Entire books have been written on the rich history of fiddle playing and tunes from Cape Breton Island, and its tradition still continues with robust strength today. Type “Cape Breton fiddling” into YouTube and you’ll get everything from early recordings, to private performances at house parties, from professional contemporary players like Natalie MacMaster and Ashley MacIsaac, to local youths performing, to festival performances, to this 1971 documentary, “The Vanishing Cape Breton Fiddler.” It may have been vanishing in 1971, but by outward appearances it appears it’s being vigorously kept alive, along with accompanying stepdancing. Today, Cape Breton is often considered the international stronghold of true, traditional Scottish fiddling.
Because of this, there’s little reason for didactic platitudes on this subject – except to state the very basics: the tradition stems from the Scottish Highlands. Highland immigrants began settling in Cape Breton in the 18th and 19th centuries, particularly between 1817 and 1838 (relating to the mass emigration brought on by the dissolution of the “clan system” in Scotland, known as the Highland Clearances). With them, of course, came music for dancing – and Cape Breton’s traditional tunes have been well documented in various songbooks for the past century or more. As you’ll hear in this example, its style is forceful, often intense. One of the noticeable differences between Cape Breton fiddling and other traditional styles is the strong “up driven bow,” particularly on strathspeys, and what’s been described as a strong “whip” in each stroke, along with an extensive use of fast triplets. (Admittedly, I’m writing as a novice here – guided by ears.)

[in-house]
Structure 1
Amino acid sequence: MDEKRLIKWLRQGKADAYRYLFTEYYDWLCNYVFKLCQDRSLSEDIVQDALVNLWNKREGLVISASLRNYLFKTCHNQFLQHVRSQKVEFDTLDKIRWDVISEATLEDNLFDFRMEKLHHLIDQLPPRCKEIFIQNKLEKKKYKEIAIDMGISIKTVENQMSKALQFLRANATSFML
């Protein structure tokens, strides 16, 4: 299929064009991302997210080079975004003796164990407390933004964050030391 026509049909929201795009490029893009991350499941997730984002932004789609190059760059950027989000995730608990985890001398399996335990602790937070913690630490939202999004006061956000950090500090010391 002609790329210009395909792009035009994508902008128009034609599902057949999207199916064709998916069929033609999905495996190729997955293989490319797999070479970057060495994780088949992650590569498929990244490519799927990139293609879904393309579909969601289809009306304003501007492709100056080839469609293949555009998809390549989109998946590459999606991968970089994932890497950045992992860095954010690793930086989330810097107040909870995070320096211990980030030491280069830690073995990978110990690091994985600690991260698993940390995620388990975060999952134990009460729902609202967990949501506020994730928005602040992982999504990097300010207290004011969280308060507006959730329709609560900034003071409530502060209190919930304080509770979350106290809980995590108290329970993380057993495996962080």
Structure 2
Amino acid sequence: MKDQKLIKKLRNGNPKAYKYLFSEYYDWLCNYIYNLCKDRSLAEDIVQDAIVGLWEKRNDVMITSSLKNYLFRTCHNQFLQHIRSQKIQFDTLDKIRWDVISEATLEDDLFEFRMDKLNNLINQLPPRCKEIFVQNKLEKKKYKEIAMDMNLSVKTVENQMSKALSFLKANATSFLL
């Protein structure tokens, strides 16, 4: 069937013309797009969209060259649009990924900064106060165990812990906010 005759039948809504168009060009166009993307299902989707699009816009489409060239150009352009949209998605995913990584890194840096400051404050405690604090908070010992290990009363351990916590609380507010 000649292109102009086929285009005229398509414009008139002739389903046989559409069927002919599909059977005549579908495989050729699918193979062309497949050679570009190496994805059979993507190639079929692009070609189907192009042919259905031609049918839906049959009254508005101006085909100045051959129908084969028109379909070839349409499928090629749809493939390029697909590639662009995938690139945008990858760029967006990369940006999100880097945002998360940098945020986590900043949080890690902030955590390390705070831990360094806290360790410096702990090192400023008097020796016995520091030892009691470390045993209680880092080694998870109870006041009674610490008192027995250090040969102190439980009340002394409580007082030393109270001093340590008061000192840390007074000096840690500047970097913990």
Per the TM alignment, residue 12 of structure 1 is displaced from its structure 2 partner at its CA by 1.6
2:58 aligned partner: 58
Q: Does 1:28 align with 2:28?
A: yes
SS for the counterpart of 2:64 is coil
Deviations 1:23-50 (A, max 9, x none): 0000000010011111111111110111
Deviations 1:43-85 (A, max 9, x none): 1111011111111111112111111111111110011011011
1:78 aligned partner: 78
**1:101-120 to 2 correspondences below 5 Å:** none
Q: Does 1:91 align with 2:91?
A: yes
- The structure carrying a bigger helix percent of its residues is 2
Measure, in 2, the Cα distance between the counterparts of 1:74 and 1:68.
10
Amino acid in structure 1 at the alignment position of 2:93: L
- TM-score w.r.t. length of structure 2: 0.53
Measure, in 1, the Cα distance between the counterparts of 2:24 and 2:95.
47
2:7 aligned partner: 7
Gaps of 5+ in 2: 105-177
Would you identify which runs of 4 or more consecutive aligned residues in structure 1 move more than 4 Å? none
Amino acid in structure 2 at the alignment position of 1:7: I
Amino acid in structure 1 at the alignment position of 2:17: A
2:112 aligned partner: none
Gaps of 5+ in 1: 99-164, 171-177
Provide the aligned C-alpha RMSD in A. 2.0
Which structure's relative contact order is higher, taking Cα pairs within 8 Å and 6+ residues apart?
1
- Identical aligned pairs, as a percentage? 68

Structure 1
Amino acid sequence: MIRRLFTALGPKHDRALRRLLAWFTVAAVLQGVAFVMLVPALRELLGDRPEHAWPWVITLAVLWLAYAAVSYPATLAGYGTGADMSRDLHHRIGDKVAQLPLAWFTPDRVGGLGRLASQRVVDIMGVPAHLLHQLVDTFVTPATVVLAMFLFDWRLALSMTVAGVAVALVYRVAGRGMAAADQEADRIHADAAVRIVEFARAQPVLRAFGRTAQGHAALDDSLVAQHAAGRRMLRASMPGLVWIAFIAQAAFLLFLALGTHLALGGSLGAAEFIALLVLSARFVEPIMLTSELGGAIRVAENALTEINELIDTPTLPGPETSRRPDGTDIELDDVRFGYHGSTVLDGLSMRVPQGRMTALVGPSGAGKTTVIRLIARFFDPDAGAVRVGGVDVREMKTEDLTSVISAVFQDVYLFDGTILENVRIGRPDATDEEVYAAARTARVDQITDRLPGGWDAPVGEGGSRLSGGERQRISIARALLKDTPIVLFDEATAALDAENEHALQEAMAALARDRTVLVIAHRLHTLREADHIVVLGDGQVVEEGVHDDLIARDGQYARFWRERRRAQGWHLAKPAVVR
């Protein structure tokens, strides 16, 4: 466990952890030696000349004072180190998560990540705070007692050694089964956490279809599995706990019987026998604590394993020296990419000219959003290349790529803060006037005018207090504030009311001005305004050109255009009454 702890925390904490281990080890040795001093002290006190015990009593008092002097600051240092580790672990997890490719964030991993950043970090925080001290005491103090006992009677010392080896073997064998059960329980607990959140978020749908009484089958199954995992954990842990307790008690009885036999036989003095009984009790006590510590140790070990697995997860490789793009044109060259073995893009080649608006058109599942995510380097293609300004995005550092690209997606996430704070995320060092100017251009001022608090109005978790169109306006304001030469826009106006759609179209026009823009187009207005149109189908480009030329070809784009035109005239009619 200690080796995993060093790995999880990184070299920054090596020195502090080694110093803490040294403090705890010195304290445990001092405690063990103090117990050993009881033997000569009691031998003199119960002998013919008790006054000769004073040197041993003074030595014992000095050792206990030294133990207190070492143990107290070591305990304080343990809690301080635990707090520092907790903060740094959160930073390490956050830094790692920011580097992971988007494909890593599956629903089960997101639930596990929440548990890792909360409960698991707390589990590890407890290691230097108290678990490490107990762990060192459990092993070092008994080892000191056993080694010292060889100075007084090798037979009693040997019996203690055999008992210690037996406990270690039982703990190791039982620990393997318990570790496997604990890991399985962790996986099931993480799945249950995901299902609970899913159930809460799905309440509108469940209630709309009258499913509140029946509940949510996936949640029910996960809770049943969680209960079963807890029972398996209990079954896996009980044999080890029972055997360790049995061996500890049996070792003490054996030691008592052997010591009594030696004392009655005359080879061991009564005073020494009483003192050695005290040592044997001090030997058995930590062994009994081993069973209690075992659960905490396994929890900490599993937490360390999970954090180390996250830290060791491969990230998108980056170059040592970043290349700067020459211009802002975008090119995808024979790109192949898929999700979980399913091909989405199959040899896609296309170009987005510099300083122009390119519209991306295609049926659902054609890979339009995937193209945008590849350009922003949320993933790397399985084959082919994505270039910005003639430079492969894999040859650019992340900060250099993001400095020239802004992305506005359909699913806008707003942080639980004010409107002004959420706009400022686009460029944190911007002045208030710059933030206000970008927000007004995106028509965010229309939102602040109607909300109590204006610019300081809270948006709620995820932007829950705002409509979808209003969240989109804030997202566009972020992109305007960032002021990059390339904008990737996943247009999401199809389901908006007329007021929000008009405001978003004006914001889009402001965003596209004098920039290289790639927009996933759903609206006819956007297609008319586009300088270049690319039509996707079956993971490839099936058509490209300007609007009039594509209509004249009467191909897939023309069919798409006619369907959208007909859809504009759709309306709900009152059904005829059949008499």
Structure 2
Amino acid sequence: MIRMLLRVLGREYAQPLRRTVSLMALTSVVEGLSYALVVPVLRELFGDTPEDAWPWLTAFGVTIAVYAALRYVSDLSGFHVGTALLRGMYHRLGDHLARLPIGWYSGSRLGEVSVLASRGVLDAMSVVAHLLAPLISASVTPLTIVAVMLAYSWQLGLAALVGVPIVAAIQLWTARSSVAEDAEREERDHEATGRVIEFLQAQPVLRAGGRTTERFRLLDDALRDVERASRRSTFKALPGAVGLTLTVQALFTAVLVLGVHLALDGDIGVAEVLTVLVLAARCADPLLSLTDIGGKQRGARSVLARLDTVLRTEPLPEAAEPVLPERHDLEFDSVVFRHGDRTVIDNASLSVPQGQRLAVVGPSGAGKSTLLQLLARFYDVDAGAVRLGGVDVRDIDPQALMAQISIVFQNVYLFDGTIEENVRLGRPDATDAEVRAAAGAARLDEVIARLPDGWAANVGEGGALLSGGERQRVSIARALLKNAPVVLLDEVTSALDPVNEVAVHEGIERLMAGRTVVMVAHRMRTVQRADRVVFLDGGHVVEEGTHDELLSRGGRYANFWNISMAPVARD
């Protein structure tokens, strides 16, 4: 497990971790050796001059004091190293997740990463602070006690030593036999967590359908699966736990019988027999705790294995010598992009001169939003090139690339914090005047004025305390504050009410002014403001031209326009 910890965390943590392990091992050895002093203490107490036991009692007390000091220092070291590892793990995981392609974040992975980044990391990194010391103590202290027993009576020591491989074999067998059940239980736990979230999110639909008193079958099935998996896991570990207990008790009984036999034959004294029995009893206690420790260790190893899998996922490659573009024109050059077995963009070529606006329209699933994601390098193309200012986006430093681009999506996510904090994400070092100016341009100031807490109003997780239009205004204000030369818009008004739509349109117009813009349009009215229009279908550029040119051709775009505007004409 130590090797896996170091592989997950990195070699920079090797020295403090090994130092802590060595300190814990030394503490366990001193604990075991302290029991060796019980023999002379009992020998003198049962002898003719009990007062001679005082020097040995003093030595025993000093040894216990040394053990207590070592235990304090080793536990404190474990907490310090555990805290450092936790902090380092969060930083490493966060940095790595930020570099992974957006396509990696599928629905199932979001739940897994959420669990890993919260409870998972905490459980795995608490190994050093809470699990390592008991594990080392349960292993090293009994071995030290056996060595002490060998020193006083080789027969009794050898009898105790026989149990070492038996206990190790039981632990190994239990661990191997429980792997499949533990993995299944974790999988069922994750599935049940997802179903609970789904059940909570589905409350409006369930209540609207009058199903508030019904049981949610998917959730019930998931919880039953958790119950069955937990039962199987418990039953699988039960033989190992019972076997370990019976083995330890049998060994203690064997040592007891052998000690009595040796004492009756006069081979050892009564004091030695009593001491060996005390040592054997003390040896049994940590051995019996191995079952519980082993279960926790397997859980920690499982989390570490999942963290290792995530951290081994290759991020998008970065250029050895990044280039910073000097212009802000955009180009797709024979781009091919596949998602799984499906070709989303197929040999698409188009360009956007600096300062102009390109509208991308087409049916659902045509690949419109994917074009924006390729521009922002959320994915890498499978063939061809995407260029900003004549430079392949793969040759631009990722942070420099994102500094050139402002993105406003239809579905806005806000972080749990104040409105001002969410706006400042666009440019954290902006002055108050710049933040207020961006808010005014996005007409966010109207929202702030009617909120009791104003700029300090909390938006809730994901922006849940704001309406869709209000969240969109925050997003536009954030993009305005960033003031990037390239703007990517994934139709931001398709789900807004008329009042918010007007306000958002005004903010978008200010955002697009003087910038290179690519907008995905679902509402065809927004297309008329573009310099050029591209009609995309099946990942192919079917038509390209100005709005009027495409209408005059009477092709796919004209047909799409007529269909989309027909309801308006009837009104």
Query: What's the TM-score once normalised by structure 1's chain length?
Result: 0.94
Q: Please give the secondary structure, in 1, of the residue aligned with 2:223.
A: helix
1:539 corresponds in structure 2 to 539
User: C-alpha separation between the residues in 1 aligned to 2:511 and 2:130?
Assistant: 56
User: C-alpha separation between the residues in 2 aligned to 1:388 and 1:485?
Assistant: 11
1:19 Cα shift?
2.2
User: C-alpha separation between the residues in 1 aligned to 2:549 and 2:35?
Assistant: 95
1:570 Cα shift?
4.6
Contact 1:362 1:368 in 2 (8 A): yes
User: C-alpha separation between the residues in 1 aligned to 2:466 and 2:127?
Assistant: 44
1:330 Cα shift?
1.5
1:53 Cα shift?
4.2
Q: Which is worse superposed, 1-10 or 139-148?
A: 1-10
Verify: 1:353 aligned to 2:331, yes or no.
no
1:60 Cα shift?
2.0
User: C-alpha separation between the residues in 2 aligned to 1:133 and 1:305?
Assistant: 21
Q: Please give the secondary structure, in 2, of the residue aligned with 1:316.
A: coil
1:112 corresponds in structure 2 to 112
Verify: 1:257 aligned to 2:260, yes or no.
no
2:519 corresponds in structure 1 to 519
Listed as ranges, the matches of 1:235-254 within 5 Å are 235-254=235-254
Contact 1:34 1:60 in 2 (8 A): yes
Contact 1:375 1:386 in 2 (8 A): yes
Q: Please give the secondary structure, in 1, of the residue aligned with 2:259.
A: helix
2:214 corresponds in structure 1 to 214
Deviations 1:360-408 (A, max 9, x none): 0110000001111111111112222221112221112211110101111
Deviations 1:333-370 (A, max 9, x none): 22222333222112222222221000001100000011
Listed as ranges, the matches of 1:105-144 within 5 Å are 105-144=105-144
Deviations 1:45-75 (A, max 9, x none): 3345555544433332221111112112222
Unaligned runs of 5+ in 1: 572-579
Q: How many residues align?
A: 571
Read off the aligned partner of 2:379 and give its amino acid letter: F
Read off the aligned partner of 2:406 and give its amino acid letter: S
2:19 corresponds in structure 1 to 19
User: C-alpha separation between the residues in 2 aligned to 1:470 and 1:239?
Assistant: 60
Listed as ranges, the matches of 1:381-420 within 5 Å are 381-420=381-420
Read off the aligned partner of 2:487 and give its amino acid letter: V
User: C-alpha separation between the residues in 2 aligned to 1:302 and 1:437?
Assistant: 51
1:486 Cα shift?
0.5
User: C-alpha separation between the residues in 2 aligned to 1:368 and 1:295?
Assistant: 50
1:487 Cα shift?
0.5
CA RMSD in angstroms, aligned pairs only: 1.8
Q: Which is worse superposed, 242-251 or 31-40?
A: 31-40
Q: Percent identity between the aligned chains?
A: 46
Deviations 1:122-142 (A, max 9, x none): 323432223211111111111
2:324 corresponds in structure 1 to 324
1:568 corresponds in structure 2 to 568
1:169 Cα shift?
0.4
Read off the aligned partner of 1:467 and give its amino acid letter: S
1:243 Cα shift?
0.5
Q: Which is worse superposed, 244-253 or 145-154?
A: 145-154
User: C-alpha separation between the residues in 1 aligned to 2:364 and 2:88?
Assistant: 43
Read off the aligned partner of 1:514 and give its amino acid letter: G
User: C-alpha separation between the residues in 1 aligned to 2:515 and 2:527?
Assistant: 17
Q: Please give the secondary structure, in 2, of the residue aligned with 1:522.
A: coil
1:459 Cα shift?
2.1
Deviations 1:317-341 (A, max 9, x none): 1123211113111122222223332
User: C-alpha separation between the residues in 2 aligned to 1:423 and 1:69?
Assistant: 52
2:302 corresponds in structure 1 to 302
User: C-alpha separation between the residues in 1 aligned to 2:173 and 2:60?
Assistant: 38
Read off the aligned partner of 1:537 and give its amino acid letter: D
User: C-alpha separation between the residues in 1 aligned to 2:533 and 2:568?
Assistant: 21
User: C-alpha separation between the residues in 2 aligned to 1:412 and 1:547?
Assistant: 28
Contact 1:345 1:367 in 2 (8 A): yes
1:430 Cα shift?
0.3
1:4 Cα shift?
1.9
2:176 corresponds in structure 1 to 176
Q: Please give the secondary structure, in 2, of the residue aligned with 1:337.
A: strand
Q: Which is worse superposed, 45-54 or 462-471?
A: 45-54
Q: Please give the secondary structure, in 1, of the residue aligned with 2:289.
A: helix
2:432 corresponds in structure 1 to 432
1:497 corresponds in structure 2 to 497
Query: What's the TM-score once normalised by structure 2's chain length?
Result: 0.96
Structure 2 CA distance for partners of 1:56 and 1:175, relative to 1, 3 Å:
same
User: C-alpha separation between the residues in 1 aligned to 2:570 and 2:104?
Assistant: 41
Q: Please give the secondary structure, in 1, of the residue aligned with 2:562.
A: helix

Folk music from Cape Breton was recorded erratically and only occasionally during the 78 rpm era, until Bernie MacIsaac bought a music store in Antigonish, Nova Scotia, and re-named it the “Celtic Music Store” in 1935. At about the same time, he started an independent record label, also naming it “Celtic,” and got some of the very best fiddlers in the region to record for his local label, namely, Angus Chisholm (who had already recorded for the Decca label), Hugh A. MacDonald, Winston Fitzgerald, Angus Allan Gillis, Dan J. Campbell, and today’s featured fiddle player, William Hugh “Bill” Lamey. The Celtic label is legendary, despite their limited amount of releases, having done a marvelous job doing just what it should have done: serving a relatively small population with well-recorded, excellent performances of local folk music. They helped to preserve the tradition, which later was taken up to a degree by the Rodeo 78 rpm label.
Lamey was born on Cape Breton Island in 1914 and first had his own fiddle at the age of 18. While in Sydney, he continued learning from local players and eventually got his own radio show. He recorded at least six 78s beginning around the early 1940s, though his career continued for many years. This side features his long time piano accompanist, Margaret Jessie MacDonald. In 1953, he moved to Boston, and in 1966, perhaps one could say that he helped to usher in a renewed interest in Cape Breton fiddling when he became the first fiddler from the region to perform at the Gaelic Mòd in Inverness, Scotland, where he apparently devastated the crowd with his performance, earning standing ovations.
Unfortunately, very few of these classic performances have made it to the CD era. In the late 1970s, Richard Nevins of Shanachie/Yazoo issued two pivotal collections of Lamey’s and Angus Chisholm’s early sides, but they remain long out of print. Hopefully that will change. This piece features a strathspey and reel, and a wonderful end note by pianist MacDonald. Sometimes you don’t know when to stop…